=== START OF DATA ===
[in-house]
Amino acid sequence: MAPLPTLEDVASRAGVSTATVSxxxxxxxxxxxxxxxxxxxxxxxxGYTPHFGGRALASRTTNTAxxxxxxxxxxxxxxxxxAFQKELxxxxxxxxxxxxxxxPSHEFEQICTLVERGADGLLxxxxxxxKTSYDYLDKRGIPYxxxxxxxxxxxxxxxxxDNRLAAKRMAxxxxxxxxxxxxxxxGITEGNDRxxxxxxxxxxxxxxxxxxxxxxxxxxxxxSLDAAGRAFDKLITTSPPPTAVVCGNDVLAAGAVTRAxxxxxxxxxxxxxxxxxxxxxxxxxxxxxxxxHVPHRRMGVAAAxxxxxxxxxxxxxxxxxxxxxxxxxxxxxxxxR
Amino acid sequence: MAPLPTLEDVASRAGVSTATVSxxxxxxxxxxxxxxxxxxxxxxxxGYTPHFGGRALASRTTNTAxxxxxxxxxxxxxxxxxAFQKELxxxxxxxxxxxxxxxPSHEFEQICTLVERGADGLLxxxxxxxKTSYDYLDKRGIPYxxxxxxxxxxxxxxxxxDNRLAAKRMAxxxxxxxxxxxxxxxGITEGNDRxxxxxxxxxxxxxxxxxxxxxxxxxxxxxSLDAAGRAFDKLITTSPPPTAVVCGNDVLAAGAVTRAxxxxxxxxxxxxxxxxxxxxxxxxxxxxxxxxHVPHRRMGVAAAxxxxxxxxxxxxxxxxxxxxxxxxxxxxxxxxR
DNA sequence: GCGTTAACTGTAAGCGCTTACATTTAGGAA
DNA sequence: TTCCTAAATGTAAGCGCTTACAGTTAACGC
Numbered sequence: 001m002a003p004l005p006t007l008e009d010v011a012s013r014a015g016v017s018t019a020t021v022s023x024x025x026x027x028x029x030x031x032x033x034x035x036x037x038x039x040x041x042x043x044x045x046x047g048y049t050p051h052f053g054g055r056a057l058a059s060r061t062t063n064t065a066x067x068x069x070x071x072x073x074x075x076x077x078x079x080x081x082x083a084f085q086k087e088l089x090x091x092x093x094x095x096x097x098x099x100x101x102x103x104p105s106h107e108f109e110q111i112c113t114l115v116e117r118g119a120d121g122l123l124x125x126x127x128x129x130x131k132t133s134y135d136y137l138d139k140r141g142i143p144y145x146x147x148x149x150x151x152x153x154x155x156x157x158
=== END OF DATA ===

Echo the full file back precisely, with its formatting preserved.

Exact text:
[in-house]
Amino acid sequence: MAPLPTLEDVASRAGVSTATVSxxxxxxxxxxxxxxxxxxxxxxxxGYTPHFGGRALASRTTNTAxxxxxxxxxxxxxxxxxAFQKELxxxxxxxxxxxxxxxPSHEFEQICTLVERGADGLLxxxxxxxKTSYDYLDKRGIPYxxxxxxxxxxxxxxxxxDNRLAAKRMAxxxxxxxxxxxxxxxGITEGNDRxxxxxxxxxxxxxxxxxxxxxxxxxxxxxSLDAAGRAFDKLITTSPPPTAVVCGNDVLAAGAVTRAxxxxxxxxxxxxxxxxxxxxxxxxxxxxxxxxHVPHRRMGVAAAxxxxxxxxxxxxxxxxxxxxxxxxxxxxxxxxR
Amino acid sequence: MAPLPTLEDVASRAGVSTATVSxxxxxxxxxxxxxxxxxxxxxxxxGYTPHFGGRALASRTTNTAxxxxxxxxxxxxxxxxxAFQKELxxxxxxxxxxxxxxxPSHEFEQICTLVERGADGLLxxxxxxxKTSYDYLDKRGIPYxxxxxxxxxxxxxxxxxDNRLAAKRMAxxxxxxxxxxxxxxxGITEGNDRxxxxxxxxxxxxxxxxxxxxxxxxxxxxxSLDAAGRAFDKLITTSPPPTAVVCGNDVLAAGAVTRAxxxxxxxxxxxxxxxxxxxxxxxxxxxxxxxxHVPHRRMGVAAAxxxxxxxxxxxxxxxxxxxxxxxxxxxxxxxxR
DNA sequence: GCGTTAACTGTAAGCGCTTACATTTAGGAA
DNA sequence: TTCCTAAATGTAAGCGCTTACAGTTAACGC
Numbered sequence: 001m002a003p004l005p006t007l008e009d010v011a012s013r014a015g016v017s018t019a020t021v022s023x024x025x026x027x028x029x030x031x032x033x034x035x036x037x038x039x040x041x042x043x044x045x046x047g048y049t050p051h052f053g054g055r056a057l058a059s060r061t062t063n064t065a066x067x068x069x070x071x072x073x074x075x076x077x078x079x080x081x082x083a084f085q086k087e088l089x090x091x092x093x094x095x096x097x098x099x100x101x102x103x104p105s106h107e108f109e110q111i112c113t114l115v116e117r118g119a120d121g122l123l124x125x126x127x128x129x130x131k132t133s134y135d136y137l138d139k140r141g142i143p144y145x146x147x148x149x150x151x152x153x154x155x156x157x158